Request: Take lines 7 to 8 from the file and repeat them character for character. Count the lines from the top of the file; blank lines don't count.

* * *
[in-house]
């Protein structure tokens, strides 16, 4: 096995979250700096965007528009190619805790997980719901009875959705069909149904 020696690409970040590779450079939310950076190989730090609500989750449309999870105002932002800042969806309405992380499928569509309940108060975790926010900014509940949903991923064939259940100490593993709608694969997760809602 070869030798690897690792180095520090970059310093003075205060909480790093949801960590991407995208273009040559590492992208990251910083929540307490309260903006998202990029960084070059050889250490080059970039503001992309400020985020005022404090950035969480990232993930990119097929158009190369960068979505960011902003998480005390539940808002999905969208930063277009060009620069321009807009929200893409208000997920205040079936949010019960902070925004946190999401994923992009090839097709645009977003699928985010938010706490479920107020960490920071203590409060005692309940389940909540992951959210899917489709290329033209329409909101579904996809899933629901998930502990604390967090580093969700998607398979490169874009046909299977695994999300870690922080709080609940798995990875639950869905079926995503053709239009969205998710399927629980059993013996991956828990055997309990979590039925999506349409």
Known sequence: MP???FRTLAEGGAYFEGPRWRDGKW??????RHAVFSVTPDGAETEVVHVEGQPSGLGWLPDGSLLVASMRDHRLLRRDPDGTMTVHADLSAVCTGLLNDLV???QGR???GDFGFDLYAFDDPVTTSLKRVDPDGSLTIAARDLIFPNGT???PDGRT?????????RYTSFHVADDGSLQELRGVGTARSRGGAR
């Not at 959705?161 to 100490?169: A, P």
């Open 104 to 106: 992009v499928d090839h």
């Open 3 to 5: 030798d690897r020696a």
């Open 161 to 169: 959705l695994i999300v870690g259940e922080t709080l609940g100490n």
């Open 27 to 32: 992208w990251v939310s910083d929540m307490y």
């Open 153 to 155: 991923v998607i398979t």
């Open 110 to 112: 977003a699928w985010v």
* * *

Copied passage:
């Open 161 to 169: 959705l695994i999300v870690g259940e922080t709080l609940g100490n």
């Open 27 to 32: 992208w990251v939310s910083d929540m307490y």